ERIC Hudson, the new Mayor of Tenbury, says that flooding in the East of England should serve as a wake-up call for people in Tenbury.

He says that the risk of a repeat of the flooding that devasted the town a decade ago is very real but is not being taken seriously.

Mr Hudson says that it is pointless to wait on the authorities to come up with a scheme but that local action guided by the Environment Agency is needed.

“This is very serious, but people are not taking it seriously enough.”

With Tenbury failing to meet the rules for a scheme funded by the Environment Agency, Mr Hudson believes that a DIY type initiative may be a way forward.

“Young people gathering to protest at failure to act on Climate Change has impressed me and living in a town that is vulnerable to increased rainfall makes me think that help from government agencies is unlikely to be forthcoming so perhaps we have to act to safeguard our future,” added Mr Hudson.

“I would be interested in hearing from anyone who has similar concerns.

“A Flood Forum has been established in Tenbury, of which I am a member; whilst there may not be funds available to construct protection measures, we can perhaps act because as a community we have agricultural businesses with machinery that could form bunds or create flood plains, albeit under the guidance of the Environment Agency.”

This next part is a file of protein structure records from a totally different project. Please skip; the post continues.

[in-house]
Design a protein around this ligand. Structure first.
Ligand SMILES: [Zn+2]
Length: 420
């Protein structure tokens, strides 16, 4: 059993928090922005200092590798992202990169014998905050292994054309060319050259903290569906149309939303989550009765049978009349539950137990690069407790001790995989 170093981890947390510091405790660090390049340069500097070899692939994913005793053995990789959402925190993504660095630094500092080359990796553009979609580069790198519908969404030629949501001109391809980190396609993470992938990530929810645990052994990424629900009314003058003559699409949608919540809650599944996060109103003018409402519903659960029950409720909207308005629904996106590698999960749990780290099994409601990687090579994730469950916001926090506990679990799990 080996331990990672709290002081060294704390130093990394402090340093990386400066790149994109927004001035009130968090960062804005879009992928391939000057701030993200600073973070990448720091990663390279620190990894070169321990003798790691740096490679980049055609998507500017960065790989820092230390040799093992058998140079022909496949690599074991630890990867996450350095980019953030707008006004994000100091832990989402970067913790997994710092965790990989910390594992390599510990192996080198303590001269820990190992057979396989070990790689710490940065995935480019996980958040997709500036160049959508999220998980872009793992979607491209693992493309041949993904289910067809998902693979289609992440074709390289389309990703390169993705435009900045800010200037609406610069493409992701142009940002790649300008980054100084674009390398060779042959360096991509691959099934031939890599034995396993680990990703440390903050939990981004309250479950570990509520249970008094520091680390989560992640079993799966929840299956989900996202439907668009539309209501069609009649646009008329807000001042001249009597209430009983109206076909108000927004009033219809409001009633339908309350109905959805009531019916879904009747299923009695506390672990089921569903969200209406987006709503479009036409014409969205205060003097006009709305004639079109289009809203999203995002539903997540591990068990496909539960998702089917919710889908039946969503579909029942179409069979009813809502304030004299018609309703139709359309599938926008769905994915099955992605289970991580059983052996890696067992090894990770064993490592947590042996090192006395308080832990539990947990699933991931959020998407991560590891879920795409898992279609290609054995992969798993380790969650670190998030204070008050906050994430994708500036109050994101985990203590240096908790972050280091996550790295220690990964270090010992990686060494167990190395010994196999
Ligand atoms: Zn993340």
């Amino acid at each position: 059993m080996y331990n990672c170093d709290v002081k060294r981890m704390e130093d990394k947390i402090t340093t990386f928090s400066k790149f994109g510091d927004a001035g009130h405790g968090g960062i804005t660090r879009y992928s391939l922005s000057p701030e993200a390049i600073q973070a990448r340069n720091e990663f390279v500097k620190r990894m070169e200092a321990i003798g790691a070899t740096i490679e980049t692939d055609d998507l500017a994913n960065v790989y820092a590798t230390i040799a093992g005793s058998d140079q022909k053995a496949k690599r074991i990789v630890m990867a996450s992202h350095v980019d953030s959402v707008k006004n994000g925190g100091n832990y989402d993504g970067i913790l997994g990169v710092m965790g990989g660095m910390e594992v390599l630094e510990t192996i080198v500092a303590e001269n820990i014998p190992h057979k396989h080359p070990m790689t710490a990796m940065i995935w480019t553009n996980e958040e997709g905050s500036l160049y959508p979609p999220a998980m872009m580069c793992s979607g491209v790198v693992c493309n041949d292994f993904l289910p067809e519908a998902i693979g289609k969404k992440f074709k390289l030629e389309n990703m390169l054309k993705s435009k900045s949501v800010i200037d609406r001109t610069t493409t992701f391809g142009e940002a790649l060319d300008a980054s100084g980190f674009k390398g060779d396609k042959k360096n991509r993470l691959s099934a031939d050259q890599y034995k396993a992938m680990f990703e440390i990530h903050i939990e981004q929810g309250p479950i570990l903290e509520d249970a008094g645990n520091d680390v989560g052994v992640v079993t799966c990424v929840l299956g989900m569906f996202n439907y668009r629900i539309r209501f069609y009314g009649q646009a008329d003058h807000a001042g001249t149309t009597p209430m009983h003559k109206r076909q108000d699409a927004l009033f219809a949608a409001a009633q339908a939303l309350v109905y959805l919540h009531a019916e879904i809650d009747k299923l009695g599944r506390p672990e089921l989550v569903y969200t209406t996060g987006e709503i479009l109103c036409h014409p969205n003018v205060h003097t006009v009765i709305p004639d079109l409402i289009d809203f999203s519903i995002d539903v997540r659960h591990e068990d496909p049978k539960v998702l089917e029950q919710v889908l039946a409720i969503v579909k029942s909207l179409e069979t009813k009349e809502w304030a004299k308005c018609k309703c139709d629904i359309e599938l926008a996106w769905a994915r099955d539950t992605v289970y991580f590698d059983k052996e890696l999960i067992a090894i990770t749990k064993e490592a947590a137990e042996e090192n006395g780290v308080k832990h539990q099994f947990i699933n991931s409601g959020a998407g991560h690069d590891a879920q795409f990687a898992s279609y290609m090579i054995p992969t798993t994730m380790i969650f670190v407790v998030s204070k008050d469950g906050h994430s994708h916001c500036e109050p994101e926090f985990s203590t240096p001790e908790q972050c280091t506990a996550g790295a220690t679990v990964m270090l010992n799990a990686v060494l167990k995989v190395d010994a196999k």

“We have agricultural equipment and skills in our area to do the work.

“The solution is almost certainly going to have to come from within the community although we will need guidance from the Environment Agency.”

After the last floods that left some businesses in the town centre closed for many months and washed away the public conveniences, attempts were made to get the Environment Agency to fund a scheme at an estimated cost of £5 million.

But the town was told that under financial rules there would not be enough benefit to justify a scheme.

Experts said that action such as dredging the River Teme to make it deeper or creating areas upstream of the town to store flood water were not practical.

The only solution, according to engineers, is a complete flood wall around the town.

There was also a warning that partial measures such as limited areas of flood wall or bunds could actually make the situation worse by moving flooding from one part of town to another.

But Mr Hudson believes that some action may be possible and that doing nothing simply means that it will be a case of when and not if flooding returns.

“It is easy to forget but the impact of flood water can be terrible for the people who are affected,” he said.

The Mayor said that there appear to be no pattern to flooding anymore and that what is happening in other parts of the country should act as a warning that something must be done before it is too late.